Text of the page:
Obviously top of my recommendations would be White Cube Bermondsey, which is open on Sundays. Otherwise, in London I’ll pop by our local, Chisenhale Gallery, or try to catch exhibitions elsewhere that are closing that weekend. I have a terrible habit of leaving things until the last minute.

A glass of something you’d recommend?
I gave up alcohol some years ago, so my tipple of choice now is San Pellegrino. Previously it was a glass of De Morgenzon’s reserve chardonnay or Puligny-Montrachet.

The ideal dinner menu?
Octopus salad with citrus fruit and fennel, followed by roasted sea bass with vegetables. Then, maybe a warm apricot frangipane tart.

Ideal dinner venue?
The River Café.

Will you lay out your look for Monday, what will you be wearing?
I generally fall back on the reliable art-world uniform of black top, black trousers and Nike Cortez trainers. Comfort rules.

Recipe / Ralph Schelling


This week, Schelling rustles up a hearty favourite, from the canton of Graubünden, also called Grisons. These pretty parcels are filled with spaetzle dough and dried meat then wrapped in a chard leaf and topped with melted mountain cheese. Treat the recipe below as a starting point for experimentation. Ralph’s grandmother swears by the addition of roasted onions and sage.

Illustration: Xihanation

Serves 4 as a main or 8 as a starter. Makes 40 ‘Capuns’

400g plain white flour
3 large eggs
100ml whole milk
Salt, pepper and nutmeg to taste
100g dried sausage, such as Landjäger (cut into 5mm cubes)
100g raw ham, such as Bündnerfleisch (cut into 5mm cubes)
10g parsley, finely diced
10g chives, finely diced
10g mint, finely diced
40 chard leaves
400ml good quality beef stock
400ml single cream
100g of semi-hard cheese (ideally of the Grisons mountain variety)

Mix flour, eggs, milk, sausage, raw ham, herbs and spices in a large bowl until they form a dough.

Put a spoonful of dough into every leaf, forming them into watertight parcels that keep their form (you can blanche larger, tougher leaves first to make them easier to fold).

Preheat the oven to 200C. In a pan, bring the stock and cream to the boil then add the sealed Capuns and simmer for about 8 minutes each. You may need to do this in batches.

Remove the Capuns with a slotted spoon and place them side by side but not touching in a baking tray.

Reduce the cooking liquid by half and pour the remainder over the Capuns in the dish, then sprinkle with cheese. Bake in the oven for 25 minutes. Serve warm.

Weekend plans? / The Wood Hotel, Skellefteå

Timber up

Once known for its goldmines, the Swedish city of Skellefteå is now better recognised for its green endeavours, from its biogas-powered buses to its wooden buildings. In late 2021 The Wood Hotel opened in a 20-storey timber tower attached to the Sara Kulturhus. As well as the 205-key accommodation, guests can access the theatre, museum, gallery, library and conference centre, designed for sustainability by Stockholm-based White Arkitekter. The wide windows are a fitting frame from which to spot the midnight sun or Northern Lights. And there’s plenty to explore inside the hotel: the Per Öberg-designed Vana spa for sauna treatments, Asian restaurant Miss Voon for something more formal and Manden for international fare to enjoy on the terrace (weather permitting).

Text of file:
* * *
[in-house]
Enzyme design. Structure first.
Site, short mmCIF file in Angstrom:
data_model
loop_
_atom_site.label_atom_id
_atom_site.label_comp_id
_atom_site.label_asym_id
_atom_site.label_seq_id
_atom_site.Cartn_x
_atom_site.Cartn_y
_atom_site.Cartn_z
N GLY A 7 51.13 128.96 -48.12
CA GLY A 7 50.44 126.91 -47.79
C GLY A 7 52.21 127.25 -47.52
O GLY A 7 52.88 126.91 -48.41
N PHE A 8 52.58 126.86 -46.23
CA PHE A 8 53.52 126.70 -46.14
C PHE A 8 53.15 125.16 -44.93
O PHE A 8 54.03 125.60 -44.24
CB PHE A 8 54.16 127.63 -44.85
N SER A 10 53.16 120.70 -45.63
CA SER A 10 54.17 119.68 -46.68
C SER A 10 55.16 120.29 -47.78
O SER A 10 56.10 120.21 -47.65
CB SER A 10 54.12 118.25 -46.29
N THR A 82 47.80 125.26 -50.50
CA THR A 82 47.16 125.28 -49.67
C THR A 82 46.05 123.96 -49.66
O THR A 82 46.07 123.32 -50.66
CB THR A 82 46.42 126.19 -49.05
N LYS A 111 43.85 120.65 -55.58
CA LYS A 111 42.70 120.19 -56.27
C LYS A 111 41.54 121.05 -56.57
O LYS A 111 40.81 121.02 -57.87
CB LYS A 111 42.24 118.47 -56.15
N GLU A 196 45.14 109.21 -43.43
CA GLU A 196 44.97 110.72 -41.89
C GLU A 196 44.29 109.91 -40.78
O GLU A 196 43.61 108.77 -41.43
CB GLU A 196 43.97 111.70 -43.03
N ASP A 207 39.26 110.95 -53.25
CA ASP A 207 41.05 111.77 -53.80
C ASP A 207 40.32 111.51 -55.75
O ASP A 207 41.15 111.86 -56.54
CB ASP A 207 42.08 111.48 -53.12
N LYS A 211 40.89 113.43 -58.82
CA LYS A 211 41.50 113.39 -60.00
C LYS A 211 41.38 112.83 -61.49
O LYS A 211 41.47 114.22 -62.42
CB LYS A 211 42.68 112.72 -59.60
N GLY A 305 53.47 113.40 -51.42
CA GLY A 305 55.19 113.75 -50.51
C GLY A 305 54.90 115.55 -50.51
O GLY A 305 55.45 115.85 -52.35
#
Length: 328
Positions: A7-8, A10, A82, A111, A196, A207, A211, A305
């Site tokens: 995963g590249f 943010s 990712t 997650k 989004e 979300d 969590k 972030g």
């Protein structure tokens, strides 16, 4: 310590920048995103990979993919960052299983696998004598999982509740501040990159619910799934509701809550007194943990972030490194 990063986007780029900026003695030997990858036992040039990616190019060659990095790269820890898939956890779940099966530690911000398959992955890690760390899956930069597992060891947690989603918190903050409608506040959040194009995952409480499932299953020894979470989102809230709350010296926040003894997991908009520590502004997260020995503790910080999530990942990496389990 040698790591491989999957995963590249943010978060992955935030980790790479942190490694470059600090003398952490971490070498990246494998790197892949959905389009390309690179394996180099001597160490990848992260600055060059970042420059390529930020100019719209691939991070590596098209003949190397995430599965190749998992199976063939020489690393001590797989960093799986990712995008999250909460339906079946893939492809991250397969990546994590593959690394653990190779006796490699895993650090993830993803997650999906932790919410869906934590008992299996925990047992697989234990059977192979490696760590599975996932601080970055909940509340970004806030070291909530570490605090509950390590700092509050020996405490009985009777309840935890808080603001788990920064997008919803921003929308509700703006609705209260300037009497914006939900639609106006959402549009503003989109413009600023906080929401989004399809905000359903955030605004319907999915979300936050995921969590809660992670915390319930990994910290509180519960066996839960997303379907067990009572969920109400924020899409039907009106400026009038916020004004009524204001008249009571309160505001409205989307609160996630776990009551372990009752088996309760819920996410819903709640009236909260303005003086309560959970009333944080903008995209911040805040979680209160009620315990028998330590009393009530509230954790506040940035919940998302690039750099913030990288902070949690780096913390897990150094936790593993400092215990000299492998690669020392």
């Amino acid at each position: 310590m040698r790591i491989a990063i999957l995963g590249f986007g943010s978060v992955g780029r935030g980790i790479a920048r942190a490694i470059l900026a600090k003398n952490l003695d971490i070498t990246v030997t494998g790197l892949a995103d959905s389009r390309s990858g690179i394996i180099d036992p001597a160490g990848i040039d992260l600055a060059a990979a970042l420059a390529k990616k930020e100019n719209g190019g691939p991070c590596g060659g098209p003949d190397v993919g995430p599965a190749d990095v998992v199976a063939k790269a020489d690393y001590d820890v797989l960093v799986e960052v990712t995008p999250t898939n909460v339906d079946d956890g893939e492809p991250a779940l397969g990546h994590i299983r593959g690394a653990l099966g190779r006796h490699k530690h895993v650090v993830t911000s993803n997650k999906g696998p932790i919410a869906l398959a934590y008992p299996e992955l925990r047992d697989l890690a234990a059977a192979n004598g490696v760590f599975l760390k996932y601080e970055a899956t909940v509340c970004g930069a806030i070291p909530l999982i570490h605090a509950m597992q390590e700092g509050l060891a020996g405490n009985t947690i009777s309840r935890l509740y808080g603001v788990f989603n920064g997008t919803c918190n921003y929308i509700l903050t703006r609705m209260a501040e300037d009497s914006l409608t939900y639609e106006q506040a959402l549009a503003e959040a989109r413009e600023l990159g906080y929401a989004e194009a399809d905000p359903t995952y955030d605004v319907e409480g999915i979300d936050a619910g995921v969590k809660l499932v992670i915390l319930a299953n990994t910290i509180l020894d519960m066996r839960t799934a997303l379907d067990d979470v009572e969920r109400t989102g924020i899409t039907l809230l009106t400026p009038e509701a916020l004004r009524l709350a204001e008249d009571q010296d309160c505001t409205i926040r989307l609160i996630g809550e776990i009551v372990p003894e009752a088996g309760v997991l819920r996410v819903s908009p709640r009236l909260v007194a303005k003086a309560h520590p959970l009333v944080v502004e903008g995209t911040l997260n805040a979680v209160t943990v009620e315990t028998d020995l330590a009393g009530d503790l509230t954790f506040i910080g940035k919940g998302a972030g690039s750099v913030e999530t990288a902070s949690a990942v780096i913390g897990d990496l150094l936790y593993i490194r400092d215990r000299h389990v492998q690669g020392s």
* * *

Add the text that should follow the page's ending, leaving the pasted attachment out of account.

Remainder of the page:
Image: Gustaf Svanberg
Image: Gustaf Svanberg

Book club / ‘Black Britain: Writing Back’

Present from the past

Booker prize-winning writer Bernadine Evaristo has curated the Black Britain: Writing Back collection of books. The second instalment, which comprises five non-fiction titles, will be published next week by Penguin. “The past is never dead when we are alive to resurrect, interrogate and reinterpret it,” she says of the project, though, generously, much of the freedom to interpret what this really means is left to the reader.

Evaristo has contributed introductions to each new volume, while all of the covers have been redesigned by black British artists. The series flits from 1920s Trinidad to an author’s torment at a British boarding school in the 1960s, and includes a reissue of the first book by a black Caribbean writer to be published in the UK. The next five titles in the series go on sale next week.


Why lunch matters

To celebrate the ‘The Monocle Book of Entrepreneurs’, which is out now, we’ve selected a smattering of inspiring advice, ideas and bright business folk to spotlight. This week Brunello Cucinelli, founder of the eponymous Italian fashion brand, talks about keeping staff fulfilled.

“My big theme is humane sustainability, which starts with good food for all staff. We make our own olive oil, our own wine, we grow vegetables and Senatore Cappelli wheat. I want to maintain things of great quality – not just the clothing we make but the Italian culture of authentic cuisine, which you will find in our canteen. Just eating fresh bread and olive oil, you know that God exists. I want everyone here to be able to share that feeling. Workers and guests eat together in our canteen. The communal meal is an experience that rejuvenates human beings. I call it humane sustainability but it should just be called normalcy.”

For more inspiring start-ups, tips, advice and provocations about making your passion your vocation, pick up a copy of ‘The Monocle Book of Entrepreneurs’. Have a super Sunday.